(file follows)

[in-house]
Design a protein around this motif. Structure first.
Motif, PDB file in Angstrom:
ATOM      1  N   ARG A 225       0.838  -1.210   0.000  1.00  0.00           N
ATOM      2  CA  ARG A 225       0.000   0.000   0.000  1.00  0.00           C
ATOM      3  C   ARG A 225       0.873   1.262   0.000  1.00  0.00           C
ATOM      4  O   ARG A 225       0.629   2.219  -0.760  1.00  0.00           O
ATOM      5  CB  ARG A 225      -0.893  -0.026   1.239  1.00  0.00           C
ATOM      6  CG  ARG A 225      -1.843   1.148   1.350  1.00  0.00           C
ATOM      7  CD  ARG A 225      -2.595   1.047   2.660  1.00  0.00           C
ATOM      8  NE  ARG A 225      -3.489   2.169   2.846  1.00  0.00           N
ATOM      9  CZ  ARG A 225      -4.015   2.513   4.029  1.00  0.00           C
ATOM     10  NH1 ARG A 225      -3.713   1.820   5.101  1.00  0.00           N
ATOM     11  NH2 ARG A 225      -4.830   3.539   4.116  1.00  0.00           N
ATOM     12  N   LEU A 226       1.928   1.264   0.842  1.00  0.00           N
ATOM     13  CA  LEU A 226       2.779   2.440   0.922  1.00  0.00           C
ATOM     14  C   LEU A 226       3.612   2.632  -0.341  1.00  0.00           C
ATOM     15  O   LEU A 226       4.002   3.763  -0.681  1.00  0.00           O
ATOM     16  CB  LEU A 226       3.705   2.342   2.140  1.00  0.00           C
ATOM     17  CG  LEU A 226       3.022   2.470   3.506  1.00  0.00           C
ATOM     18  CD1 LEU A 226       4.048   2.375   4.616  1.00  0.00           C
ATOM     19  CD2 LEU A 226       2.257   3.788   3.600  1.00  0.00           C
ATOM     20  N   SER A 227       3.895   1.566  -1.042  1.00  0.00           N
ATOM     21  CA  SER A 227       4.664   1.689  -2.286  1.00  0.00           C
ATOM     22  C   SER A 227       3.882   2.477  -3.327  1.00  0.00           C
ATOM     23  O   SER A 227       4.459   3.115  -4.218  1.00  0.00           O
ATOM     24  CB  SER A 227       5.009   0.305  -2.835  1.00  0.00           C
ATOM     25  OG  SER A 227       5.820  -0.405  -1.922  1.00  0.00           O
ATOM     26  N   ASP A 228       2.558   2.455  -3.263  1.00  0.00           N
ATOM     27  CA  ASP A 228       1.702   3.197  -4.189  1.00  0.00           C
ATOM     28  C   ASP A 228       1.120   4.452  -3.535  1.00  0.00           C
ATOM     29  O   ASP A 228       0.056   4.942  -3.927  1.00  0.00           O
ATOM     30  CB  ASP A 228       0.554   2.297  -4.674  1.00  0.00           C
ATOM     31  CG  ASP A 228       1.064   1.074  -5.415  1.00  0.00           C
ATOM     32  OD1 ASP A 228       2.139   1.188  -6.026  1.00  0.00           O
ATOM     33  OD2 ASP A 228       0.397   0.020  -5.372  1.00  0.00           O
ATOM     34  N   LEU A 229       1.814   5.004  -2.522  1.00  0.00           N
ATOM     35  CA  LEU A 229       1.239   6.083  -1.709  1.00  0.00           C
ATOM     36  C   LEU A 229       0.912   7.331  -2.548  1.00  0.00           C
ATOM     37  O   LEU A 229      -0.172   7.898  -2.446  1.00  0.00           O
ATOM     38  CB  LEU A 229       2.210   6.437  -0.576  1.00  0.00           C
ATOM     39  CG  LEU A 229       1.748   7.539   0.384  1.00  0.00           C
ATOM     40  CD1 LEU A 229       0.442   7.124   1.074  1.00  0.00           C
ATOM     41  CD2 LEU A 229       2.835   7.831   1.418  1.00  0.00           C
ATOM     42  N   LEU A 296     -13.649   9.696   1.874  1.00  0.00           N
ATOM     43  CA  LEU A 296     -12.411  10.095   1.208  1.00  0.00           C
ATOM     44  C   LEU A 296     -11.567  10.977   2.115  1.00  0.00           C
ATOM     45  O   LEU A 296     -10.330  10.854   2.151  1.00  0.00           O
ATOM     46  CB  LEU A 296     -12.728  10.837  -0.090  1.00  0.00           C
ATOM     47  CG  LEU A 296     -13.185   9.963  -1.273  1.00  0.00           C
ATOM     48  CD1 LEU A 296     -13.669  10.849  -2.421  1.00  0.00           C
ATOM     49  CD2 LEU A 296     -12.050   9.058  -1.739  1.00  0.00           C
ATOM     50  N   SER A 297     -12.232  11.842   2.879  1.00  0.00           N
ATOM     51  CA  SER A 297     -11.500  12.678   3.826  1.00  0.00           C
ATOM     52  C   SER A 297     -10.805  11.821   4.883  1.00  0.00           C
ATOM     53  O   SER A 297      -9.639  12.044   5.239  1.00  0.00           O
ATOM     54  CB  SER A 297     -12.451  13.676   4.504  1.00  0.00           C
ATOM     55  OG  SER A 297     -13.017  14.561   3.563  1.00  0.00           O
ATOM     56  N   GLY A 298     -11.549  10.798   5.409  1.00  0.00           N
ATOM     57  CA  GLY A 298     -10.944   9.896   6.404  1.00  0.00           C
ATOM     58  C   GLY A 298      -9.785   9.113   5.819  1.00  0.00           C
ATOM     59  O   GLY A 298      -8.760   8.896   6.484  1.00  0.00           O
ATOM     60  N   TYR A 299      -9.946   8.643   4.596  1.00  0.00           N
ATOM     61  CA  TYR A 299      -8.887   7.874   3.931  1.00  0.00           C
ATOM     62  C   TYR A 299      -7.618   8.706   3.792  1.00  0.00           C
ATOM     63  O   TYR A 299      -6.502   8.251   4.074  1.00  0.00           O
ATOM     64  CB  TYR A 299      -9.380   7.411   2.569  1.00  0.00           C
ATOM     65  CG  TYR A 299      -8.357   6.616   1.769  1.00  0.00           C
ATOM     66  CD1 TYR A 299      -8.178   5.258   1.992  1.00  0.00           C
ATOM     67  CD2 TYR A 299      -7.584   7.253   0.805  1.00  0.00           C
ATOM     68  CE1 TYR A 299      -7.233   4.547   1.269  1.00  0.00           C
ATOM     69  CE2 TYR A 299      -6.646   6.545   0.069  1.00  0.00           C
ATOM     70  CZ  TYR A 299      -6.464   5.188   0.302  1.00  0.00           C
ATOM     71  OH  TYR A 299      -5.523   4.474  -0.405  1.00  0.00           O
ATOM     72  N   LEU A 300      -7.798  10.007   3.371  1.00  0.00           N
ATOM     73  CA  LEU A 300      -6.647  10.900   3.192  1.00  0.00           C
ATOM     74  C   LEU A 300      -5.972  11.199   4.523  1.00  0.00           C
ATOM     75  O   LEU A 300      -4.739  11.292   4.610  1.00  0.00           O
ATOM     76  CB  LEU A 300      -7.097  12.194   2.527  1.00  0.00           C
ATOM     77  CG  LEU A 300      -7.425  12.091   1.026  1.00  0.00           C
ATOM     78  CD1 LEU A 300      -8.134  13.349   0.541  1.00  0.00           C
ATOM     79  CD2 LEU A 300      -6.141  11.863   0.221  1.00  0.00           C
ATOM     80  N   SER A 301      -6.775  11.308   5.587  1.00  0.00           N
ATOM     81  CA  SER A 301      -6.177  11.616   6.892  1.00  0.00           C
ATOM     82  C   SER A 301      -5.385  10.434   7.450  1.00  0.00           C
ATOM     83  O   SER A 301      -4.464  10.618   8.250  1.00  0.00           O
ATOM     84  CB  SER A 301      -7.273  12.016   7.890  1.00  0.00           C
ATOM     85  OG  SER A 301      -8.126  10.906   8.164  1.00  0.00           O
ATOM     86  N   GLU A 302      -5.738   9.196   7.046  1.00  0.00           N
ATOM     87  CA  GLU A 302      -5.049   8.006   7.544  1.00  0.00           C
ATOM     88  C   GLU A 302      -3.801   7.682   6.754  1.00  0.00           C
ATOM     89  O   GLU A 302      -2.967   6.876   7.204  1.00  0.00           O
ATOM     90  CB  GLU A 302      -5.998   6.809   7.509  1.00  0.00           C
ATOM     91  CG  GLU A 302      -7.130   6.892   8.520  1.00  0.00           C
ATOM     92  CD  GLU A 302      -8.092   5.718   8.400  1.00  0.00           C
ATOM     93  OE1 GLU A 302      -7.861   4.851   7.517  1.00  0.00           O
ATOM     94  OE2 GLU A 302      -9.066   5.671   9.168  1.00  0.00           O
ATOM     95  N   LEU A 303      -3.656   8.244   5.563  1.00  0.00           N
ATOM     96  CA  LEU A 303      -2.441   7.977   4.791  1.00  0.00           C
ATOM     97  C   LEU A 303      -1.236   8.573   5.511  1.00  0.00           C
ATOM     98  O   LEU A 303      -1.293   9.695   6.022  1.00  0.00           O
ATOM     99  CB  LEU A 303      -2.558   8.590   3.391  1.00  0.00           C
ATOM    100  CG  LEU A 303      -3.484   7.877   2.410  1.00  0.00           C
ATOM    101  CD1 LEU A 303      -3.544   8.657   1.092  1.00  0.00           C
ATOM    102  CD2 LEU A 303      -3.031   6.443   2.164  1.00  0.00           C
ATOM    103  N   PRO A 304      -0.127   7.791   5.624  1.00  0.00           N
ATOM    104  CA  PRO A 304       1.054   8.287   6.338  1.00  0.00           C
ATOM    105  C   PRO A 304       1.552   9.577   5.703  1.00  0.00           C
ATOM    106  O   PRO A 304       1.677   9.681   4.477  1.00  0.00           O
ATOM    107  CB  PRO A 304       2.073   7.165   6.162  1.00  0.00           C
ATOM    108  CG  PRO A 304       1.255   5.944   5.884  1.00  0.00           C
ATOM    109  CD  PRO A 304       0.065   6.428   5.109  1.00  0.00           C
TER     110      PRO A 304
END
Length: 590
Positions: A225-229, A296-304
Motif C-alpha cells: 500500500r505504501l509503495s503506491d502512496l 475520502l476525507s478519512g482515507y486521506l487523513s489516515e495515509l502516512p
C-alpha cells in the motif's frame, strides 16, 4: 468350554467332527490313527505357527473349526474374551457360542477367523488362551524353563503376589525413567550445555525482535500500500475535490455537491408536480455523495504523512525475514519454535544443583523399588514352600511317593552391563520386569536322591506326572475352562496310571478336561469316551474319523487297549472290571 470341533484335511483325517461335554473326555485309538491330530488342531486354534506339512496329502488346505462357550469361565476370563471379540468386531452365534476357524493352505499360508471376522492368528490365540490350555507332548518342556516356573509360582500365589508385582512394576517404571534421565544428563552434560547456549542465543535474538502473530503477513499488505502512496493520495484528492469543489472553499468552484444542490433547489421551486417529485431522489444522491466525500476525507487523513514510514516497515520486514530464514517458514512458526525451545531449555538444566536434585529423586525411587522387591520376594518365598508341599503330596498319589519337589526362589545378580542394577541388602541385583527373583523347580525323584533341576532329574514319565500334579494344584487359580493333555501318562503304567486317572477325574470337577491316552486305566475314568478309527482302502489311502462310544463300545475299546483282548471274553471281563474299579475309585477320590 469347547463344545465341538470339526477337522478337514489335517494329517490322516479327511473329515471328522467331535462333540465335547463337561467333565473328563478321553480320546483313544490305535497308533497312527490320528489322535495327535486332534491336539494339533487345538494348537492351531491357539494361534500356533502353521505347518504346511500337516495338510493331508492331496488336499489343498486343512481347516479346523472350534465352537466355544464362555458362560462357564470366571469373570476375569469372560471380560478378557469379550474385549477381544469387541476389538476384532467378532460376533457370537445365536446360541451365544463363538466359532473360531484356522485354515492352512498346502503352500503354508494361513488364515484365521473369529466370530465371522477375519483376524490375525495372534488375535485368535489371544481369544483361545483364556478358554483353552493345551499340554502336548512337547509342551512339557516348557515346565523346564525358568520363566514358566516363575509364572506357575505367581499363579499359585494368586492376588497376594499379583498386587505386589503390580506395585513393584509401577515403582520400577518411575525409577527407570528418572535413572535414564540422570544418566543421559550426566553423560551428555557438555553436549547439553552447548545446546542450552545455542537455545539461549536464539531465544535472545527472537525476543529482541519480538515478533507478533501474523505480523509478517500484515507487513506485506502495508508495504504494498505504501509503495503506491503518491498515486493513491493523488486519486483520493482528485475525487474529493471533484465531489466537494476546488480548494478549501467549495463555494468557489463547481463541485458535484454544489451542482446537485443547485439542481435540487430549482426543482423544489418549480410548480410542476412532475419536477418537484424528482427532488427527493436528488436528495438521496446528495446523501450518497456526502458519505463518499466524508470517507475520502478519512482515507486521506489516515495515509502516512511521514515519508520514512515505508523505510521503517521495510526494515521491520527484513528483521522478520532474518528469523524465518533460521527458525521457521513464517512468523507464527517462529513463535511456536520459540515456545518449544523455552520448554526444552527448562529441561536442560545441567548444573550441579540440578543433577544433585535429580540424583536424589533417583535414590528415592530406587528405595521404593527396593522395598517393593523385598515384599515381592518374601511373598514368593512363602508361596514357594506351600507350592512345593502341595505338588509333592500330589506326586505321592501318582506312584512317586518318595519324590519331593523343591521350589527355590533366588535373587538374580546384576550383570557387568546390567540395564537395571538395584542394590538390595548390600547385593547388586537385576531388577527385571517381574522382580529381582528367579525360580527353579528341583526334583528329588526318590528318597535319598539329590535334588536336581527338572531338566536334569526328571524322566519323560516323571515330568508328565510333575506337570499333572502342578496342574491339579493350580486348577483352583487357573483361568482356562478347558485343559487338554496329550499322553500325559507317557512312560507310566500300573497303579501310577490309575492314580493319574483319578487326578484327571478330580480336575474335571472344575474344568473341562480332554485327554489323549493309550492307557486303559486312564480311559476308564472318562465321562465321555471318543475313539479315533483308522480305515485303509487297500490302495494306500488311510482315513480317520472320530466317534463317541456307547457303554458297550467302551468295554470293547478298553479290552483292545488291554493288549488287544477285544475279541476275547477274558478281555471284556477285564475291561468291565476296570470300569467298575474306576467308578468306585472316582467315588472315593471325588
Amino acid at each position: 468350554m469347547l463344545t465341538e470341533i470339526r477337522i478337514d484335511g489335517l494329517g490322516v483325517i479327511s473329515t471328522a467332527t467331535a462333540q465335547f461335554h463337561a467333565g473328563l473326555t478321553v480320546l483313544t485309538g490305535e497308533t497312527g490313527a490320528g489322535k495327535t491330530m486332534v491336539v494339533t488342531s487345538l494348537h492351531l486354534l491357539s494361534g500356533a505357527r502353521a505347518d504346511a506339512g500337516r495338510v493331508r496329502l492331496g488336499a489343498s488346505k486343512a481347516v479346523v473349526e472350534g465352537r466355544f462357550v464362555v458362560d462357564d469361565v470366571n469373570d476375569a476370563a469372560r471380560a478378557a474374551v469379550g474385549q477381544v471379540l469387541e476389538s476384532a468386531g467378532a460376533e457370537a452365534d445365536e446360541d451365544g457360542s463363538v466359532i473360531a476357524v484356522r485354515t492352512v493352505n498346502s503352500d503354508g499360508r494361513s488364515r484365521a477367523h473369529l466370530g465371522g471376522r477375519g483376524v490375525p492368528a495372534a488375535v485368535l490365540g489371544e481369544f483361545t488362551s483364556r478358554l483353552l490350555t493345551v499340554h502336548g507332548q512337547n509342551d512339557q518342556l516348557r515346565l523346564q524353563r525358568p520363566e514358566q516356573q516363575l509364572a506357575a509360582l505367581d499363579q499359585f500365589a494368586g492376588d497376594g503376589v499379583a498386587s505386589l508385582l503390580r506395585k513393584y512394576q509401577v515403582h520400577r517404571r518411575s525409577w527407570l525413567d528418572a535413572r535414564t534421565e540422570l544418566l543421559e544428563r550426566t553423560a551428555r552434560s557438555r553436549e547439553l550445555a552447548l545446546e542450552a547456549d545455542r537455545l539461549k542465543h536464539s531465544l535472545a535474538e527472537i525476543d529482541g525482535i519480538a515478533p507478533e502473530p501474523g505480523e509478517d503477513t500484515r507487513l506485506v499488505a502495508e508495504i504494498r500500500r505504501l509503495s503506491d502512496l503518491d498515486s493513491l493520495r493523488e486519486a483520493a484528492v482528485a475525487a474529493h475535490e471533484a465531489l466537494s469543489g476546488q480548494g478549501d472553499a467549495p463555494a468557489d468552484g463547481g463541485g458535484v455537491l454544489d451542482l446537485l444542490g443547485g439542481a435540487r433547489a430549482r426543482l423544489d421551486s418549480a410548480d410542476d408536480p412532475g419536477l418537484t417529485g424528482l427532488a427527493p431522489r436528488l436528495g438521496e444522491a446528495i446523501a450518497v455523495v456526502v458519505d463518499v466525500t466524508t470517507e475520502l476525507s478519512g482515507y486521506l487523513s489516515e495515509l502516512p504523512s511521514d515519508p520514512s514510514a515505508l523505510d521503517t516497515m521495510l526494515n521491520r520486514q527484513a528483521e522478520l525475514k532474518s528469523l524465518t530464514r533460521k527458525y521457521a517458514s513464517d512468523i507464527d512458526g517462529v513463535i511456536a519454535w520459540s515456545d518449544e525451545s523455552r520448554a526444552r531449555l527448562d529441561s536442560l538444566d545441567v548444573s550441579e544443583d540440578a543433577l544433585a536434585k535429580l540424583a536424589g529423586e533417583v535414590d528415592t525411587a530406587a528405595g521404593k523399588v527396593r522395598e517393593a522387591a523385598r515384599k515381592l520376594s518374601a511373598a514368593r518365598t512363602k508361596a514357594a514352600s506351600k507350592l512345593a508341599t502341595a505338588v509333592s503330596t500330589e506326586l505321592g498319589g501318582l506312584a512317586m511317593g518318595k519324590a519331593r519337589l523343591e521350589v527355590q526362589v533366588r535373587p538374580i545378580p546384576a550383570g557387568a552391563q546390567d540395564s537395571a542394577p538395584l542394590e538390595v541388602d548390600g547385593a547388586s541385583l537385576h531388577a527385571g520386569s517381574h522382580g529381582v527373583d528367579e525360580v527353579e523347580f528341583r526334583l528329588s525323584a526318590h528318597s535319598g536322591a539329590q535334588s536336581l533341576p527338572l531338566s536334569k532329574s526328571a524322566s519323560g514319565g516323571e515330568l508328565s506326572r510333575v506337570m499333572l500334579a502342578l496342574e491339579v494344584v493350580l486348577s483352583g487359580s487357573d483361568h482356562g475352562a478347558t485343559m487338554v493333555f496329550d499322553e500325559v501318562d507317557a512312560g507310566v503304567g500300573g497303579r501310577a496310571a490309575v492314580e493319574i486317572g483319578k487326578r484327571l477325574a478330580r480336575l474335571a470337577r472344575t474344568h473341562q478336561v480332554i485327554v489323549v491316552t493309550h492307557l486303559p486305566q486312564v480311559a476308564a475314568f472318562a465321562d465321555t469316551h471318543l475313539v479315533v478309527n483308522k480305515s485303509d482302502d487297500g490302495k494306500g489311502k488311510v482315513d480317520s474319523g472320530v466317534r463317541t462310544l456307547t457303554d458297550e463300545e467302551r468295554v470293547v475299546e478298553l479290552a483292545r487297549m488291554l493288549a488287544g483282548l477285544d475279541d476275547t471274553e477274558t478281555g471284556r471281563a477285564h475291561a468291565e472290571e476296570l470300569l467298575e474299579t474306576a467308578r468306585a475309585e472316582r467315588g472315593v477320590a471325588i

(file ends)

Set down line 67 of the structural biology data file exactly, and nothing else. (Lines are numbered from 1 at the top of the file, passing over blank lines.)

ATOM     64  CB  TYR A 299      -9.380   7.411   2.569  1.00  0.00           C